People: That’s good but how are you doing with the…um… with everything?

Phoenix: Why does everyone keep asking me that? I’m fine!

I know. I’m sensitive. Yes, *pat pat* Phoenix , it is genuine concern on their part and not judgment and I shouldn’t take it as such. But whenever I hear that ‘concerned, not sure what to say’ tone, my inner Judge rears her ugly head. I am also aware that in the past I’ve been ‘superwoman strong’ and reluctant to turn to others for help,

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so it’s understandable that others might assume that I won’t ask for help this time too. But while I have made this necessary change in my life and going through the process in the best way I can, I’m the same person. I’m not fragile. Not broken. Not irreparably damaged. I’ve always been a good listener and a shoulder for others, which I love being. I’m highly empathetic and I like being there for others. But I get the feeling that people are seeing me differently now. My sister confided in me about something important to her and then said she didn’t want ME to take it on and worry. As if stress and worry will make me start drinking again.

I find myself reminding people that I never craved that first drink. Sometimes I had trouble stopping once I started but I never pined for a glass of wine. It’s been over a year of sticking to that rule: Don’t drink when worried, stressed or angry. So it’s been quite a while since I wanted to drink when the going got tough. But all that aside I’m working to understanding that people are genuinely concerned and cutting them some slack. There are a lot of preconceived notions about the nature of alcoholism and most people just don’t understand what the nature of my relationship with alcohol is.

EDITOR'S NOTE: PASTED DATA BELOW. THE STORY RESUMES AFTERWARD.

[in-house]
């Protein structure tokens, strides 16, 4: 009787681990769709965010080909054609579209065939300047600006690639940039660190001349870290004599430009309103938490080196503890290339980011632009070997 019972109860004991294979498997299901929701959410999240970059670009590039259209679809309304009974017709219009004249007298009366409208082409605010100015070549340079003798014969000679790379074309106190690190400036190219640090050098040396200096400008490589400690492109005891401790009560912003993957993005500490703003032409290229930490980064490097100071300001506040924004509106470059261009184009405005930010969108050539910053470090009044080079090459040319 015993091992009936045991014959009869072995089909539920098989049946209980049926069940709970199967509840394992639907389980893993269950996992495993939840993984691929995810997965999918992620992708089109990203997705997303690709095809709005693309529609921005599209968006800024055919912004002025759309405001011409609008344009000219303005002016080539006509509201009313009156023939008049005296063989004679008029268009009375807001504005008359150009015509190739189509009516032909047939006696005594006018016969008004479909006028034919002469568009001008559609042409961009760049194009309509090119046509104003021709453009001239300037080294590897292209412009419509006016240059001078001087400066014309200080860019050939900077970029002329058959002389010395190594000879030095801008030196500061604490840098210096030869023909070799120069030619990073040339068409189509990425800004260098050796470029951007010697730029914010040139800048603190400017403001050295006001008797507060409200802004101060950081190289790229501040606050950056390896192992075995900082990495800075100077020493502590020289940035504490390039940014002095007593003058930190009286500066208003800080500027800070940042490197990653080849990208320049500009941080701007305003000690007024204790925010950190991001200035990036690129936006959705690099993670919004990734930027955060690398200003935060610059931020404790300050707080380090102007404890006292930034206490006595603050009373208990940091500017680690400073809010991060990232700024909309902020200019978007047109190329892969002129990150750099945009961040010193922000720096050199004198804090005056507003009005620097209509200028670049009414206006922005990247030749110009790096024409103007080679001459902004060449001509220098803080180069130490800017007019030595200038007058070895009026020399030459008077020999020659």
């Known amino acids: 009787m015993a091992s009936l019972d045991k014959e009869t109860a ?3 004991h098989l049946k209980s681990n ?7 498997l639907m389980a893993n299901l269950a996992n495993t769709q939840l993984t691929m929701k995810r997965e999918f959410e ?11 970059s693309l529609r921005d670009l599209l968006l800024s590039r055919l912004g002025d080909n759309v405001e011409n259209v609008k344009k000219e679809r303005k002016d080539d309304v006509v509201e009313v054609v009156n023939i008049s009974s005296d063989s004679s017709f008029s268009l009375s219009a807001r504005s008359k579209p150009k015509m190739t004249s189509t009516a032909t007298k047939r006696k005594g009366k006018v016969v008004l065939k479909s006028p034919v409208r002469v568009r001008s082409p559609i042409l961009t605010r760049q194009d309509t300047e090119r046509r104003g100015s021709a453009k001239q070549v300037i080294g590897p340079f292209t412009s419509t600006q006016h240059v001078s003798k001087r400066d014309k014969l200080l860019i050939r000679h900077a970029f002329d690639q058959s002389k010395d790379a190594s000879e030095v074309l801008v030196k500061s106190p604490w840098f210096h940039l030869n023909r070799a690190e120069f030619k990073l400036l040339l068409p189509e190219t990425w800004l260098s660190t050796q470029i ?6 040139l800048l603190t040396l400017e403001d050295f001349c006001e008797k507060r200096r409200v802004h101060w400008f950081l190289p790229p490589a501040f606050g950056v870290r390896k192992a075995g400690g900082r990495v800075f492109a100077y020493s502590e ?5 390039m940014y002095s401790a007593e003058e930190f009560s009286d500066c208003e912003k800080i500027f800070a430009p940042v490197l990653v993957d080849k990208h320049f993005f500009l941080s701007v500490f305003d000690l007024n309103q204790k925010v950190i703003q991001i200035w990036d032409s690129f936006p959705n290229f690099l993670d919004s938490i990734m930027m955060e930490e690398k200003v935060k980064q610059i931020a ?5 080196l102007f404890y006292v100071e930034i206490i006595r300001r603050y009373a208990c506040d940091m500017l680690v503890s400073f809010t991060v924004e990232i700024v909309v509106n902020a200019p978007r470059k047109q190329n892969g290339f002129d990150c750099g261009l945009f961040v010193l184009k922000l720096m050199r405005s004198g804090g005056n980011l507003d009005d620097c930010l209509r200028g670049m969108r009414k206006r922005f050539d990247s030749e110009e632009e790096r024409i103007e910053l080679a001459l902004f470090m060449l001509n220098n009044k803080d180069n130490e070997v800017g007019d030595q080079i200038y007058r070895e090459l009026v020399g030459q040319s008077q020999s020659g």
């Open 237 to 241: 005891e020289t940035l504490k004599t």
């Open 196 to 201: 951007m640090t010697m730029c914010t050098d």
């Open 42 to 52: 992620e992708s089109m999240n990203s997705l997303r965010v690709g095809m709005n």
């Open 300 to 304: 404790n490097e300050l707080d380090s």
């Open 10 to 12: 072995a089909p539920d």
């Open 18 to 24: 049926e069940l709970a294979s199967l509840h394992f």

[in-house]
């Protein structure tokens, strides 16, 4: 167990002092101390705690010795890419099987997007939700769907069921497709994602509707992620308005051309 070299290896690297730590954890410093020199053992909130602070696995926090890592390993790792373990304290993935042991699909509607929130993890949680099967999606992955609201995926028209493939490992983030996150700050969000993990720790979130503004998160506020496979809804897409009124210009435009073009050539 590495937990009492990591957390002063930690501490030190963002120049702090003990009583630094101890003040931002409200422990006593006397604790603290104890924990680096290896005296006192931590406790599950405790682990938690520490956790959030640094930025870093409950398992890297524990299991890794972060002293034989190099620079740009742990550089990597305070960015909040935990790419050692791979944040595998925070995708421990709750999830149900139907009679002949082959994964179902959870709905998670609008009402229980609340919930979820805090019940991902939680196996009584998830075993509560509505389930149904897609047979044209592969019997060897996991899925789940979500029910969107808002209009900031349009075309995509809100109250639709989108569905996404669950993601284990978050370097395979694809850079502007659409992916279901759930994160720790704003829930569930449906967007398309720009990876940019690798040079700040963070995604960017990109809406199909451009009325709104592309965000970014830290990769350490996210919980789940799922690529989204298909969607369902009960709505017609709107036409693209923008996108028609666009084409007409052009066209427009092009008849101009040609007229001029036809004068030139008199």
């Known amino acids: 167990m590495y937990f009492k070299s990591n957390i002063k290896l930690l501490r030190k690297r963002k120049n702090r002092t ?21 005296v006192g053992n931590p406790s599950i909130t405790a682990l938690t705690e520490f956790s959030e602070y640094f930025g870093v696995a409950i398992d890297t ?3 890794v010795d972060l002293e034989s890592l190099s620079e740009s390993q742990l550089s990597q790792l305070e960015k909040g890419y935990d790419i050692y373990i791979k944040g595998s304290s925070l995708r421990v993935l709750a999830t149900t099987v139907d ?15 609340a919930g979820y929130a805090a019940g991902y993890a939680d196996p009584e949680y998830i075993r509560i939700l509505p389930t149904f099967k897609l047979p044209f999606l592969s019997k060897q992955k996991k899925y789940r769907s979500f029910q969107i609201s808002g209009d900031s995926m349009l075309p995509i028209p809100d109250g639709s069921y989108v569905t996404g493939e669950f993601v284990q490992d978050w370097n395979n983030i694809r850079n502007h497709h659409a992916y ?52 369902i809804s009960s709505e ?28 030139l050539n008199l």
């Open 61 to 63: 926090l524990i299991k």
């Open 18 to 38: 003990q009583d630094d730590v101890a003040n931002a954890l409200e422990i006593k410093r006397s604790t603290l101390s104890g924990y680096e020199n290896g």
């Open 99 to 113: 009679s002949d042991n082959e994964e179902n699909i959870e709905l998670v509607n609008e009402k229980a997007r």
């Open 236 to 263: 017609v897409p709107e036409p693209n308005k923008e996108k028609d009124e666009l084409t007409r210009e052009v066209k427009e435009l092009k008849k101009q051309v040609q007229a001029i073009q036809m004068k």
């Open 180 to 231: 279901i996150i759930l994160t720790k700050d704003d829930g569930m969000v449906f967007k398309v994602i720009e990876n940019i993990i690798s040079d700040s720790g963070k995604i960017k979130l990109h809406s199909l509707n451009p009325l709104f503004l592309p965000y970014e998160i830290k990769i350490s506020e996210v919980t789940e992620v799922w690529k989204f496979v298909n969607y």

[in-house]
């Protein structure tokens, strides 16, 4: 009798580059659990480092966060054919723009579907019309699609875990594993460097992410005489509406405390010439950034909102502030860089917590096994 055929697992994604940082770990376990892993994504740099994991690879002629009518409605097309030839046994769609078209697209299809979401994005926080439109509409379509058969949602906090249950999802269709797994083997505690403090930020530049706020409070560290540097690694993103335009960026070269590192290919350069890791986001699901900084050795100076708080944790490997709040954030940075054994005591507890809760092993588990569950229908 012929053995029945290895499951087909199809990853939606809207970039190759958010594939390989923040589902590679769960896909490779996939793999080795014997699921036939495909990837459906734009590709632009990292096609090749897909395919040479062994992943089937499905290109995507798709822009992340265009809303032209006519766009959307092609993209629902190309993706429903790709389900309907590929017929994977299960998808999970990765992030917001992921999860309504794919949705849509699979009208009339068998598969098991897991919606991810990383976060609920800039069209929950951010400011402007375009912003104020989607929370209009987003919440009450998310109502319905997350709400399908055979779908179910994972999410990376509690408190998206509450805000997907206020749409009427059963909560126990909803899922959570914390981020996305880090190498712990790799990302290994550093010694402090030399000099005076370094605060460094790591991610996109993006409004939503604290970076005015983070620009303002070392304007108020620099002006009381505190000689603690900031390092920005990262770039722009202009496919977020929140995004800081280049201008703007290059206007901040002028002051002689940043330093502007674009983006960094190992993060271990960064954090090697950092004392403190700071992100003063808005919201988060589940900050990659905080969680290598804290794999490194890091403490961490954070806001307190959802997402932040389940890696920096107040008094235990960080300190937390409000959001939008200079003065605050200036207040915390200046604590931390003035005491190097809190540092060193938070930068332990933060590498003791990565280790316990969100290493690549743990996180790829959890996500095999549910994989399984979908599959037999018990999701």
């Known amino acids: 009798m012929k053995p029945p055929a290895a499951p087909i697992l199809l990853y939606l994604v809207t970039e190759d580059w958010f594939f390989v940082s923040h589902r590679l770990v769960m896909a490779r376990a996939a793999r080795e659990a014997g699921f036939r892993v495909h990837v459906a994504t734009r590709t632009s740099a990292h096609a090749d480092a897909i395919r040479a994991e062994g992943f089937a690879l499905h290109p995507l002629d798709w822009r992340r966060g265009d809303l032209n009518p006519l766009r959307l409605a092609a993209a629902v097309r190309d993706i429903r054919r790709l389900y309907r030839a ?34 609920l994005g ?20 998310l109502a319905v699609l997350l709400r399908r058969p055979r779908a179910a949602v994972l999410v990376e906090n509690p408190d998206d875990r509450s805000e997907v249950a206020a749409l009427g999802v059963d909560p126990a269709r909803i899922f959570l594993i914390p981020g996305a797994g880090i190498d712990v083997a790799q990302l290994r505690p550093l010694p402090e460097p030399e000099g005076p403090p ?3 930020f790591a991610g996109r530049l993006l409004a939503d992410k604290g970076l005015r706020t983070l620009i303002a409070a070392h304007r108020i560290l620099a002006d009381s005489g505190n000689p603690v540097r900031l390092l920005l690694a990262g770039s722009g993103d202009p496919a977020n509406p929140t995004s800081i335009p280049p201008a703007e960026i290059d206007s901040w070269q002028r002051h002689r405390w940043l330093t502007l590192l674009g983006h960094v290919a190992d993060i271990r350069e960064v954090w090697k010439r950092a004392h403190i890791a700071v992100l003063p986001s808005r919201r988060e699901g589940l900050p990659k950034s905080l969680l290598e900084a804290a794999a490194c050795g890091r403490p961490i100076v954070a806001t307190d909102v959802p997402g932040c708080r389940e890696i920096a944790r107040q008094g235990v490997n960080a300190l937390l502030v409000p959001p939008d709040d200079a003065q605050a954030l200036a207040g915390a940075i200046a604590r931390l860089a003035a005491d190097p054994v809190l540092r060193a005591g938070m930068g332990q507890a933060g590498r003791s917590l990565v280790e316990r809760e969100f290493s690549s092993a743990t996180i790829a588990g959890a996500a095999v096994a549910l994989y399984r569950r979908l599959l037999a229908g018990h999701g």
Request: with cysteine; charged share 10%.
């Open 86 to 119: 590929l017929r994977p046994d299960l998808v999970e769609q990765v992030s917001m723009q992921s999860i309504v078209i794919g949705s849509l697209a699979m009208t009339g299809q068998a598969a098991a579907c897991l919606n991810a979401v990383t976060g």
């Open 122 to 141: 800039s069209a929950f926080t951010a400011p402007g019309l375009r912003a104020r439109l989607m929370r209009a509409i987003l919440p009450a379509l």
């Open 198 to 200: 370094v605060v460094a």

It really is like an abusive ex-boyfriend: Once you finally see who you are, what you deserve and find the strength to walk away, it is for good. I’m never going back to that place.

Meetings

I’m still going to the Robert Paulson meetings and checking in at least once a day with you folks in my Sober Blogging Network.

On being around the Stuff.

I still have my boyfriend’s bottles of wine and my sister’s beers in the fridge for when they come over and I still hang out with my friends who drink. Little by little it’s becoming less noticeable to them when I order my soda water with mint and lemon and them noticing is becoming less important to me.

I’m awesome in the grocery store and while I do feel a little daring walking down the alcohol aisle and shaking my head at the little hairs standing up at the back of my neck, (not unlike seeing a dangerous ex), there are no feelings of loss, no FOMO, no urge to hide a bottle of wine in my basket and run for the hills. I like having more money and treating myself to US$30 worth of strawberries and blueberries instead of a US$30 bottle of wine, or calling up my favourite sushi restaurant on my way home from work and ordering sashimi to go. The same money I would’ve spent at the watering hole after work I use to treat myself with stuff I love. I gotta tell yah, the little rewards make this so worth it.

The Other Side

All that being said, I am not and will never underestimate alcohol again. It is and never will be something I can have a relationship with. Understanding acknowledging this fact was the first thing I had to do. Making the choice to stop drinking was the second. Understanding this ongoing process is what I’m doing now and I must say, it’s a good thing that psychology, philosophy, sociology and human development are some of my favourite subjects. I am understanding so much more about myself by acknowledging my triggers and coming to terms with their source. As Lisa Neumann says: I don’t choose to try drinking anymore. I tried it for a long time. It didn’t work. There is no secret to sobriety. Those that choose it, have it. So here I am at my Day 28 and very happy to be exactly where I am.

Phoenix